Jeff Reinke: Welcome to Engineering Update, brought to you by Mouser Electronics, the electronic components distributor with the widest selection of the newest products. I’m Jeff Reinke, Editorial Director of ECN. 
In this week’s headlines:
Easy LEDs
Portable, Large-Scale 3D Scanning
Smart Home Robots
A Printable Bionic Ear
Charging Phones With Pedal Power

Melissa Barnes: The Siva Cycle Atom is a mountable device that uses manual energy produced through bike pedaling to charge a smartphone. The removable, 1,300 milliamp/hour battery can either be charged separately or connected to your device for a more direct charge. The Siva Cycle Atom functions at a 500milli-amp rate and works through a small gear, which is triggered by the spinning of the rear bicycle wheel. The current produced by your rotation passes through internal electronics where it is converted to energy.

Jeff Reinke: The lightweight Siva Cycle Atom weighs just 10.5 ounces and stands 7.5 inches tall. A recently launched Kickstarter project has already far surpassed its funding goal. This just cements one of my theories - forget the Wind Farms, let’s just hook the local gym up to the grid for the week after New Years when resolution optimism is at its height, and the week before Spring Break when swimming suit paranoia is peaking. Energy shortage and rising obesity-related healthcare costs ... solved.

Melissa Barnes: Another recent project to light up Kickstarterare the Klauf Light Bars. The portable LED strips come in 6 and 12 inch lengths, and can be arranged and connected in reaching up to 15 feet in total length. Their versatility allows the user to install LED strips in hard to reach places, around corners, and just about anywhere you can think of.

Jeff Reinke: The Light Bars can be plugged directly into a socket, or mounted for permanent placement. The lights come fully integrated to avoid hassles with external transformers or DC converters. Also, unlike other LEDs, the Light Bars come in 2700-K color via a phosphor diffuser that absorbs the high-output blue light emitted by the standard LED. The Light Bars currently emit 210 lumens each, with an efficacy of only 50 watts. However, according to the product’s designers, this is just the beginning in terms of power and brightness. I guess you could say ...

Melissa Barnes: Interesting side note: that song is actually about nuclear war.
A new 3D scanner called the Go!Scan from Creaformis 10 times faster than other similar devices, and is completely portable. The GoScan 3D resembles a cordless, handheld drill, which is ringed with white LEDs. The user simply points the scanner and pulls the trigger, while sweeping the device over the surface of the object to be scanned.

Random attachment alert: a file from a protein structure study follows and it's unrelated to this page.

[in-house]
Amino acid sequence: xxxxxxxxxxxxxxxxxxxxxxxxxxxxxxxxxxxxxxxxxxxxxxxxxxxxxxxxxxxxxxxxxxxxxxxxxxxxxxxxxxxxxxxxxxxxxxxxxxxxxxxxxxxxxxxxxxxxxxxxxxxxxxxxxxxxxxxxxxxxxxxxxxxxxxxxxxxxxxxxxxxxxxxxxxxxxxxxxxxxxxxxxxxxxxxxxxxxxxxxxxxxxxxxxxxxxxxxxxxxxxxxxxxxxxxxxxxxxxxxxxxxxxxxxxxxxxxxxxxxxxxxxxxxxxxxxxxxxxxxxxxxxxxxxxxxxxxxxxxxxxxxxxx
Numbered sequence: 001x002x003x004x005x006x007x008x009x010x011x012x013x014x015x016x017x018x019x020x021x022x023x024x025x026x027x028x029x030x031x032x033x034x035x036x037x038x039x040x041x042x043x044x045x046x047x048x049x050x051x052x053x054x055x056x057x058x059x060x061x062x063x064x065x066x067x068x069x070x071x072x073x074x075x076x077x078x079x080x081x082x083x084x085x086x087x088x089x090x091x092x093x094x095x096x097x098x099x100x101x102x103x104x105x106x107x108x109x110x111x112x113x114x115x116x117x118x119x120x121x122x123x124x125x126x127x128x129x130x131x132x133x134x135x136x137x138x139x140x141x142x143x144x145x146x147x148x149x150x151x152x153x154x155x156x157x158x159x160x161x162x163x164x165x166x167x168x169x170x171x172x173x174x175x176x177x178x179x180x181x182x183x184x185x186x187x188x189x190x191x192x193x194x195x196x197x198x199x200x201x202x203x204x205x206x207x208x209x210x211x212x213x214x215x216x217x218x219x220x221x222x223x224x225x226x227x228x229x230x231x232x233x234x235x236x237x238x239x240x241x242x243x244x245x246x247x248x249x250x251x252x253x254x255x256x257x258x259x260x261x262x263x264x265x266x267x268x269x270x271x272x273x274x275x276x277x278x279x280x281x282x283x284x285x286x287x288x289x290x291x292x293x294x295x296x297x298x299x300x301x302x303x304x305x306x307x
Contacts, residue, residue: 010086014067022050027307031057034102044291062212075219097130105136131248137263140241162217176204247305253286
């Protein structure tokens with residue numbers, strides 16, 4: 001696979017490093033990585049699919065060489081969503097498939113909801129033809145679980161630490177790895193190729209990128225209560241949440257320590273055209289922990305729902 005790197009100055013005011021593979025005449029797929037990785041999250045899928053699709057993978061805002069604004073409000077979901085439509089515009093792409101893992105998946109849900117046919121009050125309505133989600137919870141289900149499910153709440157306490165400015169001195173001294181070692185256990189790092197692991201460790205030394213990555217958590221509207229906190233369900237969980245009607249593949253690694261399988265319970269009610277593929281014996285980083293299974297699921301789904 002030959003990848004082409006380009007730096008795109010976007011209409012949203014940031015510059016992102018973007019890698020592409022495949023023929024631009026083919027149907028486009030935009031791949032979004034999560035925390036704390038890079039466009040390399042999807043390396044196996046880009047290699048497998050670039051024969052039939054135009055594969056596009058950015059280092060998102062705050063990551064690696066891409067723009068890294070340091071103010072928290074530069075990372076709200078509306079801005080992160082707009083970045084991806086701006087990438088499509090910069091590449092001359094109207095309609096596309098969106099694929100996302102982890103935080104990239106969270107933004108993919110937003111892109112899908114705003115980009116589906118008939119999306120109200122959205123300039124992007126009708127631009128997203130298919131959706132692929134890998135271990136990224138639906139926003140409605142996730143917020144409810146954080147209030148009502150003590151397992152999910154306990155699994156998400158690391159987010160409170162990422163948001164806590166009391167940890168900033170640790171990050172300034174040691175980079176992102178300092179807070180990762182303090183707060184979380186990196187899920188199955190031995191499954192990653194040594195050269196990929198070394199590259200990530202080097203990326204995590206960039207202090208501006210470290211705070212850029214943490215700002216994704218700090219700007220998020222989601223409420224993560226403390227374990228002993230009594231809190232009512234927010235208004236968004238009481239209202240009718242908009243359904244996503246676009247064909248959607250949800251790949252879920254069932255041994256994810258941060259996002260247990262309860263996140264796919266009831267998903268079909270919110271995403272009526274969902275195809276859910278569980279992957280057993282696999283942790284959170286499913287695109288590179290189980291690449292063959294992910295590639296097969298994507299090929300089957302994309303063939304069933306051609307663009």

Jeff Reinke: The GoScan 3D operates by shooting patterns of light onto the object’s surface that is then bounced back and captured by the camera. The coded light patterns are actually QR codes, which the device then uses to create an accurate true to life replica of the scanned item. The image is parsed by internal software, which produces an accuracy of up to .1 mm, or 100 microns. Scanned images can then be produced by any standard 3D printer.

Melissa Barnes: There is no denying that the world’s elderly population is steadily growing, and in the world of advanced robotics, new technologies are striving to keep independent living an option for as long as possible. Honda has recently announced that it is teaming up with Japan’s Sekisui to design model households using smart technologies.

Jeff Reinke: So far, the robotics program has created humanoid robots and a personal mobility vehicle. The Walking Assist Device incorporates a Bodyweight Support System, which is ultimately a lower-body exoskeleton that reduces the stress on joints and muscles. The other half of the research team is the Sekisui House, which is working to develop a power system focused on creating completely synced relationships between the smart home and electric cars.
Okay, wait a minute. Automated house.Advanced Robotics. Bodyweight Support System.Melissa, is there something you’re not telling us?

Melissa Barnes: An exciting new project developed by scientists at Princeton University has succeeded in producing a functional “super-ear” by using off-the-shelf printing tools and electrical components. Scientists have merged the electronics with human tissue by using 3D printers to combine a small coiled antennawith cartilage.  The ear can reportedly detect radio frequencies far beyond the normal human range.

Jeff Reinke: The ear holds a coiled antenna inside the cartilage structure with two wires that lead from the base to the cochlea, which is then connected to electrodes. The ear can be used to either enhance or fully restore a patient’s hearing, as the electrical signals produced by the ear are connected to a patient’s nerve endings, similar to a hearing aid. The current system receives radio waves, but the team plans to incorporate other materials, such as pressure-sensitive electronic sensors, to enable the ear to register acoustic sounds.
To interweave tissue with electronics, the team used a3D printer in combining a matrix of hydrogel, calf cells and silver nanoparticles to form an antenna, with the calf cells later developing into cartilage. The researchers hope to further revolutionize this technology to one day produce internal organs and other biologically integrated sensors.

Melissa Barnes: That wraps up this week’s report. I’m Melissa Barnes, and this has been your Engineering Update!